The combined overall average for the 20-inch REPR with the Trijicon TARS at 15X magnification was .97 inch (.85 MOA at 100 meters). For the 16-inch Standard REPR with the 1X Trijicon SRS the overall combined average with the same loads was 2.46 inches (2.15 MOA at 100 meters). The difference was due entirely to the difference in magnification of the optics and the fact that the SRS has a 13/4-MOA illuminated dot (not intended as a precision long-range optic). But think about it: Even with zero magnification and a nonprecision reticle, the 16-inch REPR still put everything inside a coffee cup at 100 meters. With a high-magnification scope it would shoot right beside the other gun. The 20-inch Sniper version was a minute-of-angle shooter all the way. I was so impressed, in fact, that I put a 10-round group on paper at 200 meters with the best-performing Black Hills load in the 20-inch rifle just to see. It went 1.88 inches (.82 MOA). And both guns ran all the loads flawlessly with no adjustments needed to the gas-system dial.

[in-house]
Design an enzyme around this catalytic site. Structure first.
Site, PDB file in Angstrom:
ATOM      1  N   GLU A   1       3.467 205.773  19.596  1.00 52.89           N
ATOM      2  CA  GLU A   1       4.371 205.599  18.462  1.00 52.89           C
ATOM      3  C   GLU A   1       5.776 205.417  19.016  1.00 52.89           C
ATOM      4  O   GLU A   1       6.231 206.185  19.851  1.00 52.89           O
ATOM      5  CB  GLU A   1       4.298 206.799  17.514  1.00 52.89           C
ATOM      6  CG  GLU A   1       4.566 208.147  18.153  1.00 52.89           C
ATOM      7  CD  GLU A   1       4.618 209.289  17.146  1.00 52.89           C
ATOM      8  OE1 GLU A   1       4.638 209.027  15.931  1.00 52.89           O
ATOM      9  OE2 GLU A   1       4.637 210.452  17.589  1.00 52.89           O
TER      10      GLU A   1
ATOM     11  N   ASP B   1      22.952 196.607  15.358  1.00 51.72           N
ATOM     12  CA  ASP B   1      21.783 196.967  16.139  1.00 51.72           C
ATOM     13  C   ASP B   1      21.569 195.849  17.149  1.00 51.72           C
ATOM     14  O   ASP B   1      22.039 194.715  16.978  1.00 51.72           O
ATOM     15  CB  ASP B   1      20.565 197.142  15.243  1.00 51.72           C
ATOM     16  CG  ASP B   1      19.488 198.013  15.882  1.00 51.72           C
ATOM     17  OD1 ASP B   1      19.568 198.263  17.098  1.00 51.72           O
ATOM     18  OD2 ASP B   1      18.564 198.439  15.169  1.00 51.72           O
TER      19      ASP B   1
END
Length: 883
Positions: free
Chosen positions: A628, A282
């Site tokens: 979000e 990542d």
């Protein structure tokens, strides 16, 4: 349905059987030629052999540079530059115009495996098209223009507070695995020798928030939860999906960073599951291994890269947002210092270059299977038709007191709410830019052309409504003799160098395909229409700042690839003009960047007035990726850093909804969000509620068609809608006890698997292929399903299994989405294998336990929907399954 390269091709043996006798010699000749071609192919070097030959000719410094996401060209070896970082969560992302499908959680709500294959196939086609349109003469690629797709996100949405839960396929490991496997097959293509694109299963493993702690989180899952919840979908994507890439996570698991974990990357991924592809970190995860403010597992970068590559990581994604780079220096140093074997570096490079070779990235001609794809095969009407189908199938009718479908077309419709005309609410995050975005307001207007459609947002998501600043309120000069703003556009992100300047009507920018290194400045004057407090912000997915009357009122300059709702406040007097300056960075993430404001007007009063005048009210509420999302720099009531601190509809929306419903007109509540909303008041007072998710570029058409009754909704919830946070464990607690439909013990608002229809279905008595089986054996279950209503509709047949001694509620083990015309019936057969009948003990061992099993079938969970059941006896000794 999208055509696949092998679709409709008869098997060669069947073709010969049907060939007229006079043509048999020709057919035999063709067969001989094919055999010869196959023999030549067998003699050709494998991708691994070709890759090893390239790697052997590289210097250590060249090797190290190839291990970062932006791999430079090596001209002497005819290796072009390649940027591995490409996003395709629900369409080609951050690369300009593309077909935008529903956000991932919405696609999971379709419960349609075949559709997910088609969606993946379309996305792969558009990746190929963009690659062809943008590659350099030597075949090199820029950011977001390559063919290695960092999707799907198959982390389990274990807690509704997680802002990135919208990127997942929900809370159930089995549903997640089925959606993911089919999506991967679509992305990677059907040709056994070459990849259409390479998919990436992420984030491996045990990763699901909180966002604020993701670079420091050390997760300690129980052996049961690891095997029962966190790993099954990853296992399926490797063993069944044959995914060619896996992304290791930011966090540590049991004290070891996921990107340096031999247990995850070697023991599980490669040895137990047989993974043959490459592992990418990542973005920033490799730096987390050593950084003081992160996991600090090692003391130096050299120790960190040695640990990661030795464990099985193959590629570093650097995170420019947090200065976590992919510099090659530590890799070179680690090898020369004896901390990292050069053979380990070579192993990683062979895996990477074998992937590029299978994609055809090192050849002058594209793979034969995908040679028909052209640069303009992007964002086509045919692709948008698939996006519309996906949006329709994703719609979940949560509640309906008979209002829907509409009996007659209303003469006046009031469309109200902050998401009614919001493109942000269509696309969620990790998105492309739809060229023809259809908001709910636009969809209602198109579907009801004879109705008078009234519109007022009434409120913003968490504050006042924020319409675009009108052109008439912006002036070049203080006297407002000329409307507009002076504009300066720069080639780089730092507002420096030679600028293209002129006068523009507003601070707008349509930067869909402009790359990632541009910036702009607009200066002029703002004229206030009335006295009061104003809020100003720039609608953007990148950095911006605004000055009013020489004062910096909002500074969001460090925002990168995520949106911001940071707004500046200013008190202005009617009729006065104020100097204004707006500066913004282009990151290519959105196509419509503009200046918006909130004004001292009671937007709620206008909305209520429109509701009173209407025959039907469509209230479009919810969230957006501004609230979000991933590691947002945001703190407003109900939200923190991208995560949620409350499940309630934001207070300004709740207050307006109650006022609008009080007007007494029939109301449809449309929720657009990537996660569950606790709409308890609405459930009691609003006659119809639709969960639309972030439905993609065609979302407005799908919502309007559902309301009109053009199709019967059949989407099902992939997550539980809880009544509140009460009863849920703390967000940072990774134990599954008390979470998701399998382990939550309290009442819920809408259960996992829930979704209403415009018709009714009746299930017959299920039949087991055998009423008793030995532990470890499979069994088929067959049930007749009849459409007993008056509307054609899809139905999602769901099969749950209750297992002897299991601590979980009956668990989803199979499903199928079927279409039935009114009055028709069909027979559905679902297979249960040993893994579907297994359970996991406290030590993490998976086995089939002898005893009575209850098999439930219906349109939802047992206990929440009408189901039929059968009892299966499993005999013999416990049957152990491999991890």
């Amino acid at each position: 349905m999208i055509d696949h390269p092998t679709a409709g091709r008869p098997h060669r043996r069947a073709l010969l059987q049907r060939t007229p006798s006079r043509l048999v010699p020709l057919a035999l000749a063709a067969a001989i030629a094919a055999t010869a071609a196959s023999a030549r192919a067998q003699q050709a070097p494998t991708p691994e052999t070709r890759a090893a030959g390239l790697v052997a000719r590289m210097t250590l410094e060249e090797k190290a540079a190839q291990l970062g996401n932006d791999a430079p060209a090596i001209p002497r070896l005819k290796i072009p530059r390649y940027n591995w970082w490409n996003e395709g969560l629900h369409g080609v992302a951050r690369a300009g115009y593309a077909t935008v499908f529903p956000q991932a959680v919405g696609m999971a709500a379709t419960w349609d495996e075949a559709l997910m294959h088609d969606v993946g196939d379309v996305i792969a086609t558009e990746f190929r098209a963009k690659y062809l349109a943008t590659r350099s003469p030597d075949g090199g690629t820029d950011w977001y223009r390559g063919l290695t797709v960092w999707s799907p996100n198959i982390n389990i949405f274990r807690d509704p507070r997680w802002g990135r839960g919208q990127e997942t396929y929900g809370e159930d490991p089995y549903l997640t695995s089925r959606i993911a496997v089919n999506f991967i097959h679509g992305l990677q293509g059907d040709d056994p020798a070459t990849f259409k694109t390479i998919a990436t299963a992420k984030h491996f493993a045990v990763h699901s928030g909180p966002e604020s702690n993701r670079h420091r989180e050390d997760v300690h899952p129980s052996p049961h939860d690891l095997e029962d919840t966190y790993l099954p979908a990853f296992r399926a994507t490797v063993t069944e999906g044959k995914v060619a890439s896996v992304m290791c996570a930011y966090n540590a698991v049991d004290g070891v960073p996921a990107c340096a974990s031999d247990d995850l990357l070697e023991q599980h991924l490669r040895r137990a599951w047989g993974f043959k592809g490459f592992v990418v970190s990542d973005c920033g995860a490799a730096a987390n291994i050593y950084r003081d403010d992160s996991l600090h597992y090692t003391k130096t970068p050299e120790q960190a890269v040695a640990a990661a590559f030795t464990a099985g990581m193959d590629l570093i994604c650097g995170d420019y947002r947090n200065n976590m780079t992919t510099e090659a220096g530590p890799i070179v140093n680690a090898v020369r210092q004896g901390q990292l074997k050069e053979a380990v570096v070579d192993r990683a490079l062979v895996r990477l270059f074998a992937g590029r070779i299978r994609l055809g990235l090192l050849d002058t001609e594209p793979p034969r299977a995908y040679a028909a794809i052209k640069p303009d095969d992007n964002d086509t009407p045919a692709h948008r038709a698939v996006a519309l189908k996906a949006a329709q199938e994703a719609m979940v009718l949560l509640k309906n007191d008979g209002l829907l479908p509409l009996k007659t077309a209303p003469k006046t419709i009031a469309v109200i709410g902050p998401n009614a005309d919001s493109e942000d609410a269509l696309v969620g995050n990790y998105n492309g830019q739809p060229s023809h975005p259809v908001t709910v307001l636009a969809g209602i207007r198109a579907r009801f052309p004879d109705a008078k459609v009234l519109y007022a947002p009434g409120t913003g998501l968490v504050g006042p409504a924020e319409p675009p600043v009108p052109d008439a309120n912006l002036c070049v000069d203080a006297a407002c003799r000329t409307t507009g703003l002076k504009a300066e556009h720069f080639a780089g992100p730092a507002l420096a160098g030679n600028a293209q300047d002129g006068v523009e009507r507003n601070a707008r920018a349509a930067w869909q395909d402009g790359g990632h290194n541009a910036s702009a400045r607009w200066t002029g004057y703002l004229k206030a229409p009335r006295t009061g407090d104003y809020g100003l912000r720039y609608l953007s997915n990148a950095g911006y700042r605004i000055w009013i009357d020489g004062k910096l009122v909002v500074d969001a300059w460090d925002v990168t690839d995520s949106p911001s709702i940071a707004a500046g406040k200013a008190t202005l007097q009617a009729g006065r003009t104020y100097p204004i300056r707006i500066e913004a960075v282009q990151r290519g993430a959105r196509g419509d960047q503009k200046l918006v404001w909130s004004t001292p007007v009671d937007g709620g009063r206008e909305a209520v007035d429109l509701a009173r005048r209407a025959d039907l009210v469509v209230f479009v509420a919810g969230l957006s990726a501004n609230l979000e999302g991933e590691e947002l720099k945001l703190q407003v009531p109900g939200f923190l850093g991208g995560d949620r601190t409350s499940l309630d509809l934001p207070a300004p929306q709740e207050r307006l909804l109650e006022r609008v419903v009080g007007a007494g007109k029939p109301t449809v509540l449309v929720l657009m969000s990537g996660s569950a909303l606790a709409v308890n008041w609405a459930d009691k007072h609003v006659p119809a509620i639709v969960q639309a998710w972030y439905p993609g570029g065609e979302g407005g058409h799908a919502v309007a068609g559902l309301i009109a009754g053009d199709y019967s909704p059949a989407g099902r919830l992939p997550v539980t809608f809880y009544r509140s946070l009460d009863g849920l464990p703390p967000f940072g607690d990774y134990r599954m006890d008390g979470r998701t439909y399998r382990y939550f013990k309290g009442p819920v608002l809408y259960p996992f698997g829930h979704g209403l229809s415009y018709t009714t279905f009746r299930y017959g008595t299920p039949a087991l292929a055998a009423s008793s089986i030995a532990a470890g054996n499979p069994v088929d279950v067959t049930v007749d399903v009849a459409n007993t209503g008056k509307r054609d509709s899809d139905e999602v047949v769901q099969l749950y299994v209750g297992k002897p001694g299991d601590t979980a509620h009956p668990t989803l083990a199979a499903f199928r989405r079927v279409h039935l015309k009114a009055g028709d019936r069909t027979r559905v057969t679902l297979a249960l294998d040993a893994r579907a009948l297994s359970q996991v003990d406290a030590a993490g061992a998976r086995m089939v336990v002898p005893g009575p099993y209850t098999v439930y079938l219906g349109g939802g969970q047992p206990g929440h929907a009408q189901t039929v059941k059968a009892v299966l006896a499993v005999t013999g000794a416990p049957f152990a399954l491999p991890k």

Minute-of-angle 7.62mm AR-platform rifles right out of the box. The REPRs are the best-made guns of this type I’ve ever seen. They’re also very expensive, retailing for well over $3,000, but worth every penny. Wish I could afford one.

LWRCI-REPR_003

With the 20-inch-barreled REPR, the author punched this 10-shot 200-meter group. That's pretty good for a .308 AR.

  • J.L Davidson

    Can't say I'd brag about a one inch group at a hundred yards with a supposedly accurate sniper version of this rifle. Hell, I can beat that with my muzzel loader!

    • http://twitter.com/tizwicky2009 @tizwicky2009

      That's 10 shots at 200 meters, sir!!!

    • Tony

      It was 200 meters not 100 y.

    • http://www.facebook.com/john.dorr.50 John Dorr

      200 meters is 218 yards